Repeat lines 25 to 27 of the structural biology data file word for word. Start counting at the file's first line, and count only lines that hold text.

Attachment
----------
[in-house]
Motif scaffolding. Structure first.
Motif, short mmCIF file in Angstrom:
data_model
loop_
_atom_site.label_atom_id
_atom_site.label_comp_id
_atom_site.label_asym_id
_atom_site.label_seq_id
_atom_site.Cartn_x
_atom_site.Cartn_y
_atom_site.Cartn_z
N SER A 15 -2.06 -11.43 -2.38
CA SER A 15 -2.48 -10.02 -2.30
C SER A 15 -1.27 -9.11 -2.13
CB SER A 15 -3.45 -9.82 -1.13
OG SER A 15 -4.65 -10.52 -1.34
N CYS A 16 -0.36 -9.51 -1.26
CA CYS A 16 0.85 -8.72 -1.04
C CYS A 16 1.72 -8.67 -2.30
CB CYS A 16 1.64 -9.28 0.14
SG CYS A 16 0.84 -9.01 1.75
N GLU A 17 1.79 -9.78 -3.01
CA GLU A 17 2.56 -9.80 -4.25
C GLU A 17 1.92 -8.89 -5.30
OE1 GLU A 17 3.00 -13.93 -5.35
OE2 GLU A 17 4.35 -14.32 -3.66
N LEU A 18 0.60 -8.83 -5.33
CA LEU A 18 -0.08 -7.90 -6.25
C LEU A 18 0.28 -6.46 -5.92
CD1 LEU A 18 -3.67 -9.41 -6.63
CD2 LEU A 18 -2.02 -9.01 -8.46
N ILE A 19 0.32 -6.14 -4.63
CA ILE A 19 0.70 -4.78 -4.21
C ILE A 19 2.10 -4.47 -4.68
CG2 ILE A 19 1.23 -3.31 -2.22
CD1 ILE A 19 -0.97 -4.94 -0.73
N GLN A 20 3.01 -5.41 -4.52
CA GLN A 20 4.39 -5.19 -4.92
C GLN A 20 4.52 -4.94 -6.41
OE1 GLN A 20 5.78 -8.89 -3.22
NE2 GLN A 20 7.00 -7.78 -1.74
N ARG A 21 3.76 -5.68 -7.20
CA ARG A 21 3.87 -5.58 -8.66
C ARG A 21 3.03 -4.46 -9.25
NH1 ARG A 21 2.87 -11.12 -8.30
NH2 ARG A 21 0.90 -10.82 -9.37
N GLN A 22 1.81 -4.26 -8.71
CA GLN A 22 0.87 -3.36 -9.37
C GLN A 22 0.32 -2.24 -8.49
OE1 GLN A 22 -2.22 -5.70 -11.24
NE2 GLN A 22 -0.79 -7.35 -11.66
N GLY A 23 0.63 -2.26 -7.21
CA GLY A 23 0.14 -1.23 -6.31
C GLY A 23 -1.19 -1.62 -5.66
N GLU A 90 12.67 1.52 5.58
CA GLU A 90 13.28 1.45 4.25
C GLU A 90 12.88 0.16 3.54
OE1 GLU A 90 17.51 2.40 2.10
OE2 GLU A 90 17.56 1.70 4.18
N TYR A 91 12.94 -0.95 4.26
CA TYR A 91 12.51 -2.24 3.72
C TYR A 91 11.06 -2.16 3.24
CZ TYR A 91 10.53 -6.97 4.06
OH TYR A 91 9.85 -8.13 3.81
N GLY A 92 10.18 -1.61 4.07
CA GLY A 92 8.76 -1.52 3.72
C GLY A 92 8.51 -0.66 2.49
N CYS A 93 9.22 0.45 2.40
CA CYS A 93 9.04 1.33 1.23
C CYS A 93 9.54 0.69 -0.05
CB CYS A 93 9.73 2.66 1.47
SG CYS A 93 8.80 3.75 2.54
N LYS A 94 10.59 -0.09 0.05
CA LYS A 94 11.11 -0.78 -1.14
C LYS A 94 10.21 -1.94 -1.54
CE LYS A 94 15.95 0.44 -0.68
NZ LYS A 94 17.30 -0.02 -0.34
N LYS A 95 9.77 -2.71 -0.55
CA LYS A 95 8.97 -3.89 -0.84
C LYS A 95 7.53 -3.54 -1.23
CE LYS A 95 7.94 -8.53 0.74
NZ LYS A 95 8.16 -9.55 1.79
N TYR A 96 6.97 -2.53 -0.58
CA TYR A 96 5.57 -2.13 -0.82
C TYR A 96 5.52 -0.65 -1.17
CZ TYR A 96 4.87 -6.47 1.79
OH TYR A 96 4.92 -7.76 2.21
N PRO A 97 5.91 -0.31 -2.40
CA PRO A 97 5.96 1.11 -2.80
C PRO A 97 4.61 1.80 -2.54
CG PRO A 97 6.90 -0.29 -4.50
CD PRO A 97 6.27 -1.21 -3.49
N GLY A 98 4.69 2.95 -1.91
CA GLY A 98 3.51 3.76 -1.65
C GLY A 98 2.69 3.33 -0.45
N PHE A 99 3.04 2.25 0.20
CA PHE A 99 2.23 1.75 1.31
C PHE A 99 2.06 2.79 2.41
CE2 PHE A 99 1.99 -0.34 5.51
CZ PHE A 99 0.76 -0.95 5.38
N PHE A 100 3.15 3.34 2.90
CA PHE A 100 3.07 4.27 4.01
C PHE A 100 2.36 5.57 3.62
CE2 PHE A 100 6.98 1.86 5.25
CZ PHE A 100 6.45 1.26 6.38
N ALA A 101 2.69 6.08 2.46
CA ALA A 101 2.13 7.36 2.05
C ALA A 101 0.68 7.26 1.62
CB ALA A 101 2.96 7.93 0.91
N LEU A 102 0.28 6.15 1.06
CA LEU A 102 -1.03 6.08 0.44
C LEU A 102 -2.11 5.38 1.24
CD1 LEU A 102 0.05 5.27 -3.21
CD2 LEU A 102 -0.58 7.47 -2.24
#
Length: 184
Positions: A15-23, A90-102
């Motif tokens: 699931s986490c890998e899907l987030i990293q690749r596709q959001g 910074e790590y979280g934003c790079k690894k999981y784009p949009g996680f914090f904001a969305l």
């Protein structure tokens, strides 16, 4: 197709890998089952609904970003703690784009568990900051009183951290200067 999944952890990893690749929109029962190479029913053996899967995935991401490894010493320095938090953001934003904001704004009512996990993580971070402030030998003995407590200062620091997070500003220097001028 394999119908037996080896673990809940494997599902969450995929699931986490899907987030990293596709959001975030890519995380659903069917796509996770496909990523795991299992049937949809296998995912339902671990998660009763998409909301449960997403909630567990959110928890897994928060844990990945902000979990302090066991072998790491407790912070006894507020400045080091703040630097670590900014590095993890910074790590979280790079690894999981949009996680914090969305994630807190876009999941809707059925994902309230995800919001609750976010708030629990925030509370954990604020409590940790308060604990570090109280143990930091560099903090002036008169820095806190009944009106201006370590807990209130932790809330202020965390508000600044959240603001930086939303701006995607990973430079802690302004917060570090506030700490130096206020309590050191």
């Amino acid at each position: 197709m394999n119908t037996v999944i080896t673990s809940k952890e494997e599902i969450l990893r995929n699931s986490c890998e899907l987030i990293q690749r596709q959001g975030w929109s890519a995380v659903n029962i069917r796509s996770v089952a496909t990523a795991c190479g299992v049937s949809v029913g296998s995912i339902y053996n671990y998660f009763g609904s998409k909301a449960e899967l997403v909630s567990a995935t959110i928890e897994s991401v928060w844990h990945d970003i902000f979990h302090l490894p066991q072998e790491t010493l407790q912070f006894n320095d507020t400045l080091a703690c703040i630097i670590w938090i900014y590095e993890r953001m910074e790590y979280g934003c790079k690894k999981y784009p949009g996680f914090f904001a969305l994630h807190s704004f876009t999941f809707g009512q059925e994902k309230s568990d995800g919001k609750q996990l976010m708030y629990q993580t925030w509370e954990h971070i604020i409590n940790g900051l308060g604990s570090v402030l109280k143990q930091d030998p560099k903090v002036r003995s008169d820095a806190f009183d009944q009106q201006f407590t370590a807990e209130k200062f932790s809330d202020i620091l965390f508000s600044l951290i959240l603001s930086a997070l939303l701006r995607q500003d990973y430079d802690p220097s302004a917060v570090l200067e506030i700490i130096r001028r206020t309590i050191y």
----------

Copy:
C GLU A 17 1.92 -8.89 -5.30
OE1 GLU A 17 3.00 -13.93 -5.35
OE2 GLU A 17 4.35 -14.32 -3.66